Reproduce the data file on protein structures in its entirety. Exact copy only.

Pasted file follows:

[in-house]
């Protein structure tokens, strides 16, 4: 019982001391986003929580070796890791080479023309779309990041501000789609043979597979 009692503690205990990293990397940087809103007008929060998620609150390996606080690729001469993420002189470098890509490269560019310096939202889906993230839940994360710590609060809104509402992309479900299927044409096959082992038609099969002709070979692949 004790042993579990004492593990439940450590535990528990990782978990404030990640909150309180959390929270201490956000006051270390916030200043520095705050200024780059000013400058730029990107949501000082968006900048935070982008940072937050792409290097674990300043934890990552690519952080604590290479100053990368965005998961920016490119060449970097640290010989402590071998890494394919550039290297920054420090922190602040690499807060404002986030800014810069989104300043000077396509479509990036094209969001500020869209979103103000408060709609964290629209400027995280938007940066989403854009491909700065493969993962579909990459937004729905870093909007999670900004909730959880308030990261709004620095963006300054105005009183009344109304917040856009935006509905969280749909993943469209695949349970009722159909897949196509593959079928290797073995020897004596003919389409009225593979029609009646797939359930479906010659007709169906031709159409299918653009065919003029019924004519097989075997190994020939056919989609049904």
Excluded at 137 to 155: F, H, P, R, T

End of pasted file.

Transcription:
[in-house]
């Protein structure tokens, strides 16, 4: 019982001391986003929580070796890791080479023309779309990041501000789609043979597979 009692503690205990990293990397940087809103007008929060998620609150390996606080690729001469993420002189470098890509490269560019310096939202889906993230839940994360710590609060809104509402992309479900299927044409096959082992038609099969002709070979692949 004790042993579990004492593990439940450590535990528990990782978990404030990640909150309180959390929270201490956000006051270390916030200043520095705050200024780059000013400058730029990107949501000082968006900048935070982008940072937050792409290097674990300043934890990552690519952080604590290479100053990368965005998961920016490119060449970097640290010989402590071998890494394919550039290297920054420090922190602040690499807060404002986030800014810069989104300043000077396509479509990036094209969001500020869209979103103000408060709609964290629209400027995280938007940066989403854009491909700065493969993962579909990459937004729905870093909007999670900004909730959880308030990261709004620095963006300054105005009183009344109304917040856009935006509905969280749909993943469209695949349970009722159909897949196509593959079928290797073995020897004596003919389409009225593979029609009646797939359930479906010659007709169906031709159409299918653009065919003029019924004519097989075997190994020939056919989609049904």
Excluded at 137 to 155: F, H, P, R, T